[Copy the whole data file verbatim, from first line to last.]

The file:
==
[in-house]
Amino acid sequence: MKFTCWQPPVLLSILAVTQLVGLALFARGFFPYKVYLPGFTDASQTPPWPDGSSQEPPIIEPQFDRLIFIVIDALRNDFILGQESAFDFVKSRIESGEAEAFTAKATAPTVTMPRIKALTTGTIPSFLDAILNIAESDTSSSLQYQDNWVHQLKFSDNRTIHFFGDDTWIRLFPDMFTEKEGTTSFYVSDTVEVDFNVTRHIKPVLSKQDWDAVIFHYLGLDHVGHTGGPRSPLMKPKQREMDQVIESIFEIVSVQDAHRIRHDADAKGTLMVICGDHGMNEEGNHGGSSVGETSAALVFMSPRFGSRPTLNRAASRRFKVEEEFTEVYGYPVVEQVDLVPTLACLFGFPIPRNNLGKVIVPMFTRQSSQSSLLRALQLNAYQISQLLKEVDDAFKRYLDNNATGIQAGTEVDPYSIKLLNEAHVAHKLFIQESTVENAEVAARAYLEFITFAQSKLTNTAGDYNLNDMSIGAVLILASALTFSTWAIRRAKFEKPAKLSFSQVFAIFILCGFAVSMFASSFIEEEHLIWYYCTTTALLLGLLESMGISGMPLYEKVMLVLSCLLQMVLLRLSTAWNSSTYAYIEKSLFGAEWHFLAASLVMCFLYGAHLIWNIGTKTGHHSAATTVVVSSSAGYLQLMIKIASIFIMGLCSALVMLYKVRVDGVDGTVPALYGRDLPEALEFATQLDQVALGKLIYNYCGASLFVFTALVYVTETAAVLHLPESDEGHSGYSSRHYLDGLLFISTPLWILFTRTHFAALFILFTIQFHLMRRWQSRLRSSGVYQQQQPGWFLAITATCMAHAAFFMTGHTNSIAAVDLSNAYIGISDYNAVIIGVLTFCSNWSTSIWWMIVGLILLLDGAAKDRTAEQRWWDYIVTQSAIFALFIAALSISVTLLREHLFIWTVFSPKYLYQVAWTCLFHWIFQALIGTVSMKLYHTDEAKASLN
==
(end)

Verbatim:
[in-house]
Amino acid sequence: MKFTCWQPPVLLSILAVTQLVGLALFARGFFPYKVYLPGFTDASQTPPWPDGSSQEPPIIEPQFDRLIFIVIDALRNDFILGQESAFDFVKSRIESGEAEAFTAKATAPTVTMPRIKALTTGTIPSFLDAILNIAESDTSSSLQYQDNWVHQLKFSDNRTIHFFGDDTWIRLFPDMFTEKEGTTSFYVSDTVEVDFNVTRHIKPVLSKQDWDAVIFHYLGLDHVGHTGGPRSPLMKPKQREMDQVIESIFEIVSVQDAHRIRHDADAKGTLMVICGDHGMNEEGNHGGSSVGETSAALVFMSPRFGSRPTLNRAASRRFKVEEEFTEVYGYPVVEQVDLVPTLACLFGFPIPRNNLGKVIVPMFTRQSSQSSLLRALQLNAYQISQLLKEVDDAFKRYLDNNATGIQAGTEVDPYSIKLLNEAHVAHKLFIQESTVENAEVAARAYLEFITFAQSKLTNTAGDYNLNDMSIGAVLILASALTFSTWAIRRAKFEKPAKLSFSQVFAIFILCGFAVSMFASSFIEEEHLIWYYCTTTALLLGLLESMGISGMPLYEKVMLVLSCLLQMVLLRLSTAWNSSTYAYIEKSLFGAEWHFLAASLVMCFLYGAHLIWNIGTKTGHHSAATTVVVSSSAGYLQLMIKIASIFIMGLCSALVMLYKVRVDGVDGTVPALYGRDLPEALEFATQLDQVALGKLIYNYCGASLFVFTALVYVTETAAVLHLPESDEGHSGYSSRHYLDGLLFISTPLWILFTRTHFAALFILFTIQFHLMRRWQSRLRSSGVYQQQQPGWFLAITATCMAHAAFFMTGHTNSIAAVDLSNAYIGISDYNAVIIGVLTFCSNWSTSIWWMIVGLILLLDGAAKDRTAEQRWWDYIVTQSAIFALFIAALSISVTLLREHLFIWTVFSPKYLYQVAWTCLFHWIFQALIGTVSMKLYHTDEAKASLN